Many situations involving insurance claims also involve issues dealing with subrogation and liens. Here is a little information for insurance lawyers who might have to deal with subrogation.
Subrogation is an element of insurance law. In 1944, the United States Supreme Court in the case styled, United States v. South-Eastern Underwriters Association, determined that insurance is a form of interstate commerce subject to federal regulation. Shortly thereafter, Congress passed the McCarran-Ferguson Act, which is found in U.S.C.S., Section 1011. The McCarran-Ferguson Act granted authority to the states to regulate the “business of insurance.” Various federal laws continued to govern the “peripherals of the industry” These peripherals included labor, tax, and securities. State laws which regulated the core nature of the insurance business thereafter overrode most federal laws to the contrary. There are numerous papers written designed to analyze the myriad of state and federal statutes and cases on the subject of subrogation, from the standpoint of lawyers and in particular lawyers handling cases involving personal injury.
In an attempt to harmonize the proliferation of insurance policies and laws to protect workers, Congress passed the Employee Retirement and Income Security Act, commonly known as ERISA, in 1974. ERISA did not vitiate the McCarran-Ferguson’s grant of state regulation; it did spawn a spate of lawsuits trying to determine which state laws qualify as state regulation, which is not pre-empted by ERISA, and which laws deal with peripheral issues, which are preempted by ERISA. ERISA also recognized that some health plans are self-funded, not funded by insurance premiums, and those plans are exempt from state regulation.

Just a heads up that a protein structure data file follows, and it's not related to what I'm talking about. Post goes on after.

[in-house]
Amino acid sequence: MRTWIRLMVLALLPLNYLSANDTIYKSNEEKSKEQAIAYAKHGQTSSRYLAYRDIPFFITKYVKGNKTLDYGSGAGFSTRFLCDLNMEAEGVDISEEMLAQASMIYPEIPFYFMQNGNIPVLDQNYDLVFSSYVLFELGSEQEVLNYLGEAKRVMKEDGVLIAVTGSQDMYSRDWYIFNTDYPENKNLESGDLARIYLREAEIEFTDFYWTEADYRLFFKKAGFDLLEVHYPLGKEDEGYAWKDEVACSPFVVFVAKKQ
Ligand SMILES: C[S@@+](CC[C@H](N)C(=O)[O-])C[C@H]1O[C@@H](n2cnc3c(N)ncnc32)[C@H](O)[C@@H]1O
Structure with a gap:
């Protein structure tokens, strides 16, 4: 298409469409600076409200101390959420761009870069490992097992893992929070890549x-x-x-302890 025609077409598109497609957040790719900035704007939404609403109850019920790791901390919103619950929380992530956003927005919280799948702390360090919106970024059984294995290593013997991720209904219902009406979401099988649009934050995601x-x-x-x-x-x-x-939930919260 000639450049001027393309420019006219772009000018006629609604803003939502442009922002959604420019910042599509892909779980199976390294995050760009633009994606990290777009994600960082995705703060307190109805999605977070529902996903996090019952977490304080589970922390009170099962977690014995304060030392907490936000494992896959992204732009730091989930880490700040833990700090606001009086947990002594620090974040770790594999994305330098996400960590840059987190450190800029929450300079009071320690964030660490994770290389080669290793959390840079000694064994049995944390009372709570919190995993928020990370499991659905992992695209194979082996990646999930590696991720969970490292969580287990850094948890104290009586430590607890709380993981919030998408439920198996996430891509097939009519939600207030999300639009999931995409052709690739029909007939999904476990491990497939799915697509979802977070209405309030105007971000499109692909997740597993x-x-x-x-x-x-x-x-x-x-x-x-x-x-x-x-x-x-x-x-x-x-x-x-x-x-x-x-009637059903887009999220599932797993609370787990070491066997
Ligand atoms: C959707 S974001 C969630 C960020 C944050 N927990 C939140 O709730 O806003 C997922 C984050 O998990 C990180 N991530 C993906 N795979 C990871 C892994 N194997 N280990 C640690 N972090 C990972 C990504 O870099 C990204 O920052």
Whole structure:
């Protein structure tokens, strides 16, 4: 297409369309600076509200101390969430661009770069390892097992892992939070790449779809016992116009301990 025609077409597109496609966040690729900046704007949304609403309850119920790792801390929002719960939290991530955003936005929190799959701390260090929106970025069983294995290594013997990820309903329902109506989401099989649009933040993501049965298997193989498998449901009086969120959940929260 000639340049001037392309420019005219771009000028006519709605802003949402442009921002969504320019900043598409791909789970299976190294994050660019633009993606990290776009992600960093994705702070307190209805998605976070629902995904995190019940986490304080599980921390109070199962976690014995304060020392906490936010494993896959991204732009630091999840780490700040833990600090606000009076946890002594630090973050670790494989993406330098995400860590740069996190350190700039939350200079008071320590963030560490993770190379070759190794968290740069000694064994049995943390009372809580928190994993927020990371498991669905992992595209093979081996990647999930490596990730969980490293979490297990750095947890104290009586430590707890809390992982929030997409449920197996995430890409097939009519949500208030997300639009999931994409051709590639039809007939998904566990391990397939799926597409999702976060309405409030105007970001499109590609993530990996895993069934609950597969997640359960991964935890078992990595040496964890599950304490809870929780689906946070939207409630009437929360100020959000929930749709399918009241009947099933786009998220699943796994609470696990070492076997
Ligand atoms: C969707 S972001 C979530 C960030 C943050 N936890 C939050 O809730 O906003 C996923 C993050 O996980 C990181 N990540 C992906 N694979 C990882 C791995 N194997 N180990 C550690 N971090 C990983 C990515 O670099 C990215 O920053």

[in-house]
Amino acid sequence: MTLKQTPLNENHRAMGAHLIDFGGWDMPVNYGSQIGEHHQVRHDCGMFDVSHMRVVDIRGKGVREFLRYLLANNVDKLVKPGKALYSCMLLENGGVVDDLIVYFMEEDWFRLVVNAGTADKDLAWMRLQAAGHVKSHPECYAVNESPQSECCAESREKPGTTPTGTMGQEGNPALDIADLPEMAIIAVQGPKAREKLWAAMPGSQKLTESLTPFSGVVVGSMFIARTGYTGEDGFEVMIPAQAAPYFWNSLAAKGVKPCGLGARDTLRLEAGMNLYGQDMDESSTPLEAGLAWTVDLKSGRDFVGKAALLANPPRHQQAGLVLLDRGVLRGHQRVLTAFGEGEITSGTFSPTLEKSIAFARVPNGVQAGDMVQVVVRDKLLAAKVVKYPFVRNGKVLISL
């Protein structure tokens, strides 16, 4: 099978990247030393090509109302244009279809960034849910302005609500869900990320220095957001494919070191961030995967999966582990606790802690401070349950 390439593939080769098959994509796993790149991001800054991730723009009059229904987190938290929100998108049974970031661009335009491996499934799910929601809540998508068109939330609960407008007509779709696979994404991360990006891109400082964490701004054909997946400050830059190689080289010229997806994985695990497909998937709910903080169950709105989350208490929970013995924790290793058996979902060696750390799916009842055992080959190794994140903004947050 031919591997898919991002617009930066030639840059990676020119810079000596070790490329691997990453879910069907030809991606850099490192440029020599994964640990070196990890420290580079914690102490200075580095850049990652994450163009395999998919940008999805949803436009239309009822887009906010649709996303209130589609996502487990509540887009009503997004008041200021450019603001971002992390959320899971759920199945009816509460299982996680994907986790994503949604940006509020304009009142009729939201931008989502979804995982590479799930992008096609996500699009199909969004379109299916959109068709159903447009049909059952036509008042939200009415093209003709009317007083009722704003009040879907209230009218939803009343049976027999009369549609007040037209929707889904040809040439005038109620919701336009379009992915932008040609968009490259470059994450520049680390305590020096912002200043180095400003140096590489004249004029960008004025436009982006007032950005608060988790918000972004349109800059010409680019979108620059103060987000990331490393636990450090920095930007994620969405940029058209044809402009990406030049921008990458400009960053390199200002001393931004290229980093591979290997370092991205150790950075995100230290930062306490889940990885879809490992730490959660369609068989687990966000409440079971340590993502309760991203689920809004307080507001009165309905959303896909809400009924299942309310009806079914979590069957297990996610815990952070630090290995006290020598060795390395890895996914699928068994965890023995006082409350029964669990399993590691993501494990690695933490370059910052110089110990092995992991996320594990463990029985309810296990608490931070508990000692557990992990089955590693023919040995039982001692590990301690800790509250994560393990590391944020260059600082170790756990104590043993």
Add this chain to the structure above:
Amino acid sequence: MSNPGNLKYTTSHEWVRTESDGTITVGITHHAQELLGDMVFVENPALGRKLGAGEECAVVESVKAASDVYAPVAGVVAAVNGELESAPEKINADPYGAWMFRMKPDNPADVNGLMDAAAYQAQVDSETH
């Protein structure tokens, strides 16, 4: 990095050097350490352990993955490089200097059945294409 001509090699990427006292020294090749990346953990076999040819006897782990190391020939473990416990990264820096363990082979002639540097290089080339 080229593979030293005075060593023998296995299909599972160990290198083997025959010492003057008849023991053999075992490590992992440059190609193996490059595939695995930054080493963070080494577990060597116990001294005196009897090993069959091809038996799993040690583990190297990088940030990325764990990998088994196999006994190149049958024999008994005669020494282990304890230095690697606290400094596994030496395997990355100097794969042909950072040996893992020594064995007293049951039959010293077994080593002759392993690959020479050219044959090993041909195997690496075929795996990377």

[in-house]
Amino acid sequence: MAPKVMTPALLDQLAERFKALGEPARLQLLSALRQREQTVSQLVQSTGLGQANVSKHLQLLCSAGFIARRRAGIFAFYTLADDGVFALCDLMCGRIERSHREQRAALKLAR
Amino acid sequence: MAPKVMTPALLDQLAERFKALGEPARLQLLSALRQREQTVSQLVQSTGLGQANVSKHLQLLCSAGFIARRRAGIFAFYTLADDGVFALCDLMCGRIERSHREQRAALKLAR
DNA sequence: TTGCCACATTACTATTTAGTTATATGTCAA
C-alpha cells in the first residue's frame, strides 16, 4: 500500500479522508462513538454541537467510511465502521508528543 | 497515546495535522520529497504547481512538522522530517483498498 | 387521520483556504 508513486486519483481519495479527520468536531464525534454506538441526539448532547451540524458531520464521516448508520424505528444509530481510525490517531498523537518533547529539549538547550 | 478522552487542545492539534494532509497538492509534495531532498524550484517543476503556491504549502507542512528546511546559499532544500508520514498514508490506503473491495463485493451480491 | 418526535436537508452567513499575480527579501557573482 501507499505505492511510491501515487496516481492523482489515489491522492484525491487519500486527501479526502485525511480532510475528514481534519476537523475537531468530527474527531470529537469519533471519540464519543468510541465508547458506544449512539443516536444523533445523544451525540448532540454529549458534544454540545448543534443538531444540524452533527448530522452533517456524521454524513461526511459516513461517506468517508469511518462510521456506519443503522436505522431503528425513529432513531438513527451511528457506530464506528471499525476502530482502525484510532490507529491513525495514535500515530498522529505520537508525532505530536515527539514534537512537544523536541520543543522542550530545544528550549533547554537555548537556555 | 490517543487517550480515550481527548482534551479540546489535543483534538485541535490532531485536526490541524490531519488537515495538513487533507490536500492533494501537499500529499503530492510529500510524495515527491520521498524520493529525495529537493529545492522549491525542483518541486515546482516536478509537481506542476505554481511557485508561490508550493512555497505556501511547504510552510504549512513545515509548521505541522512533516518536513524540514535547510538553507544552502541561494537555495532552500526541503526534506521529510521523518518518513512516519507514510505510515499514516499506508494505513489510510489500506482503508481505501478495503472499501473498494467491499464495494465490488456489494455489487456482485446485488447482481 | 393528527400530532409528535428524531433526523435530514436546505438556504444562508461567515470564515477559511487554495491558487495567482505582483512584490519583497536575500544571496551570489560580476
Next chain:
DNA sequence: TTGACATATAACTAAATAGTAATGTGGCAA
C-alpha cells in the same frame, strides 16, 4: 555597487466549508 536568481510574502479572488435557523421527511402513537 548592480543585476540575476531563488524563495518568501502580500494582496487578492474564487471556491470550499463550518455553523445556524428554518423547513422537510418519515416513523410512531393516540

The shifting of risk through the payment of premiums is the most fundamental principle of insurance. Subrogation is a bastardization of that risk-shifting principle. Therefore, subrogation should come within the “core business” of insurance and be subject to state regulation for all premium funded insurance policies.